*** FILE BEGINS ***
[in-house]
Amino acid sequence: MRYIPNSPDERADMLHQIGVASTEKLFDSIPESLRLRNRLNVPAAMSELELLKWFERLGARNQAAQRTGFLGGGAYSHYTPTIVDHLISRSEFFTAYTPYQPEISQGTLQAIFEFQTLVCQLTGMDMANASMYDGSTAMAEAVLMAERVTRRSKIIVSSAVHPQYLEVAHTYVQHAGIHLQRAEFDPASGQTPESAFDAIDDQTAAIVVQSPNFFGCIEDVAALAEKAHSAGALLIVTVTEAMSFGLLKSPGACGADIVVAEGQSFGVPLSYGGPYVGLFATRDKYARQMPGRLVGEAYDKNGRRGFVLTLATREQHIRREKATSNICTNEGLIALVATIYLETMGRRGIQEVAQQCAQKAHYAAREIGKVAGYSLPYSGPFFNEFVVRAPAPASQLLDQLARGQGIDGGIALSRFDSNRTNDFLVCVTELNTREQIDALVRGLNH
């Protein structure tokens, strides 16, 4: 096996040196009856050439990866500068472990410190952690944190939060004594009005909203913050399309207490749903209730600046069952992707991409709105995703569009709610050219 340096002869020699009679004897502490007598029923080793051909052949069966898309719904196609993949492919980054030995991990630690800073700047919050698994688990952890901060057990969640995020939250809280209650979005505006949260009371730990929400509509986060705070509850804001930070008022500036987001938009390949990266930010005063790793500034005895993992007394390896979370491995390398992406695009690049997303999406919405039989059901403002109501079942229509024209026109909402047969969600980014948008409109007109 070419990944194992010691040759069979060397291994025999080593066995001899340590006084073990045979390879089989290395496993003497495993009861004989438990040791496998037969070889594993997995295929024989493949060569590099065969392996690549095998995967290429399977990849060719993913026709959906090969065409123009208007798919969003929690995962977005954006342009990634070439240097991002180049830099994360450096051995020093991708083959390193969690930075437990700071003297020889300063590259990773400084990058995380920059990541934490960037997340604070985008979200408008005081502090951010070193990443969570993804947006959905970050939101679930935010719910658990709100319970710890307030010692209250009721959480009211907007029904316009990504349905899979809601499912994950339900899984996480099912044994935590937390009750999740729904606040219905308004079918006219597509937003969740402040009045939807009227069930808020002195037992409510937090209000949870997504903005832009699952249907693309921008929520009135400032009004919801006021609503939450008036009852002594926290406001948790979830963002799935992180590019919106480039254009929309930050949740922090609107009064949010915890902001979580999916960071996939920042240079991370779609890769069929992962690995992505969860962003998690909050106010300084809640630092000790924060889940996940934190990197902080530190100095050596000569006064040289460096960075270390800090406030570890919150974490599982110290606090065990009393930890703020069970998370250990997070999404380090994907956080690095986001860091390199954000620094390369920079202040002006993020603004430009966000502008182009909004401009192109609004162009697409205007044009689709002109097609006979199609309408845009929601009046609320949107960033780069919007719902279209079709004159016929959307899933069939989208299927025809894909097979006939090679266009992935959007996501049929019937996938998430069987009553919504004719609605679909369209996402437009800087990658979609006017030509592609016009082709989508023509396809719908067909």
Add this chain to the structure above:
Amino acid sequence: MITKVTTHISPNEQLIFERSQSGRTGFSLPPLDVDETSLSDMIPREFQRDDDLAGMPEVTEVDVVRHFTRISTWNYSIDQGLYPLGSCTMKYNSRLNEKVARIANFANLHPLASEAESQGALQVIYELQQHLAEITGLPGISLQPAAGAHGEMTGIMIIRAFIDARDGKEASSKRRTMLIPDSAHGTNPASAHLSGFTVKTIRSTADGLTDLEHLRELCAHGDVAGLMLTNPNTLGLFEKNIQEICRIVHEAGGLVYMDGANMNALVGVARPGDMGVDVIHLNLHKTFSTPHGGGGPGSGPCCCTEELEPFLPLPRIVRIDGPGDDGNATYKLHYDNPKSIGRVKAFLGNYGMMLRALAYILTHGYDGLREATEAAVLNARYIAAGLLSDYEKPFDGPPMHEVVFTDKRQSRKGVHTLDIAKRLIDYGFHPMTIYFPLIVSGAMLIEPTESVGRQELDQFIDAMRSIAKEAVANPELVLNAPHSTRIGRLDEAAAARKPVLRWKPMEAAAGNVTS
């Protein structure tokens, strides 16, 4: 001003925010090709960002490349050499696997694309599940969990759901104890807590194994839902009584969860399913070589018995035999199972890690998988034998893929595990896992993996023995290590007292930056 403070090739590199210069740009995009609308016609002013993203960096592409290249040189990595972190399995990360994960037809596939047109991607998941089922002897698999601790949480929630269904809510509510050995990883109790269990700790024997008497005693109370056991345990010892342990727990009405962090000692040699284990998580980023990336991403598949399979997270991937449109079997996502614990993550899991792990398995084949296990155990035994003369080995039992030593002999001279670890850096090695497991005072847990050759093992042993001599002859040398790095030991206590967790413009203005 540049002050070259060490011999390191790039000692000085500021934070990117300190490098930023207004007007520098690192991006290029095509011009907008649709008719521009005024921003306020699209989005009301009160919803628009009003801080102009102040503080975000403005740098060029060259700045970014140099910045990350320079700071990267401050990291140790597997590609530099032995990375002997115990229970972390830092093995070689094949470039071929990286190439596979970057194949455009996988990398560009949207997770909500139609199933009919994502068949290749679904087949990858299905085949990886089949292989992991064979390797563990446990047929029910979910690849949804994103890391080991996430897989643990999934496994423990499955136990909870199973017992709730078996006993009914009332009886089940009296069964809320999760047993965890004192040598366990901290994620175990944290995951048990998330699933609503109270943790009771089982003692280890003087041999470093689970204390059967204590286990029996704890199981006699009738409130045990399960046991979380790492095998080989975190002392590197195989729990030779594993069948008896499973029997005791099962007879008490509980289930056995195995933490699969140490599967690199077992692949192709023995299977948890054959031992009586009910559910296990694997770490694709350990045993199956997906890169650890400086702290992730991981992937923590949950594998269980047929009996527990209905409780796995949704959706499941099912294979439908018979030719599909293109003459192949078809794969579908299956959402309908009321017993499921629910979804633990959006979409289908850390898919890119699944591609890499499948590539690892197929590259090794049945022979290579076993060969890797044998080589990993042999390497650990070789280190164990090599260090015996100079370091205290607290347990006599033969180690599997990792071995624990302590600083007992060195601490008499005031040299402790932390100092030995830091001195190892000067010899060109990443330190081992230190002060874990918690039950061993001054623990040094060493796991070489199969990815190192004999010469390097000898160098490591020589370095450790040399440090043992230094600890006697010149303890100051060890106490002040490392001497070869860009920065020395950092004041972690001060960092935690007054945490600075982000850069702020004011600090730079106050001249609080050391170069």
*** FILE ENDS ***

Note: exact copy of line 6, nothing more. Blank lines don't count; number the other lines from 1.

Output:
């Protein structure tokens, strides 16, 4: 001003925010090709960002490349050499696997694309599940969990759901104890807590194994839902009584969860399913070589018995035999199972890690998988034998893929595990896992993996023995290590007292930056 403070090739590199210069740009995009609308016609002013993203960096592409290249040189990595972190399995990360994960037809596939047109991607998941089922002897698999601790949480929630269904809510509510050995990883109790269990700790024997008497005693109370056991345990010892342990727990009405962090000692040699284990998580980023990336991403598949399979997270991937449109079997996502614990993550899991792990398995084949296990155990035994003369080995039992030593002999001279670890850096090695497991005072847990050759093992042993001599002859040398790095030991206590967790413009203005 540049002050070259060490011999390191790039000692000085500021934070990117300190490098930023207004007007520098690192991006290029095509011009907008649709008719521009005024921003306020699209989005009301009160919803628009009003801080102009102040503080975000403005740098060029060259700045970014140099910045990350320079700071990267401050990291140790597997590609530099032995990375002997115990229970972390830092093995070689094949470039071929990286190439596979970057194949455009996988990398560009949207997770909500139609199933009919994502068949290749679904087949990858299905085949990886089949292989992991064979390797563990446990047929029910979910690849949804994103890391080991996430897989643990999934496994423990499955136990909870199973017992709730078996006993009914009332009886089940009296069964809320999760047993965890004192040598366990901290994620175990944290995951048990998330699933609503109270943790009771089982003692280890003087041999470093689970204390059967204590286990029996704890199981006699009738409130045990399960046991979380790492095998080989975190002392590197195989729990030779594993069948008896499973029997005791099962007879008490509980289930056995195995933490699969140490599967690199077992692949192709023995299977948890054959031992009586009910559910296990694997770490694709350990045993199956997906890169650890400086702290992730991981992937923590949950594998269980047929009996527990209905409780796995949704959706499941099912294979439908018979030719599909293109003459192949078809794969579908299956959402309908009321017993499921629910979804633990959006979409289908850390898919890119699944591609890499499948590539690892197929590259090794049945022979290579076993060969890797044998080589990993042999390497650990070789280190164990090599260090015996100079370091205290607290347990006599033969180690599997990792071995624990302590600083007992060195601490008499005031040299402790932390100092030995830091001195190892000067010899060109990443330190081992230190002060874990918690039950061993001054623990040094060493796991070489199969990815190192004999010469390097000898160098490591020589370095450790040399440090043992230094600890006697010149303890100051060890106490002040490392001497070869860009920065020395950092004041972690001060960092935690007054945490600075982000850069702020004011600090730079106050001249609080050391170069």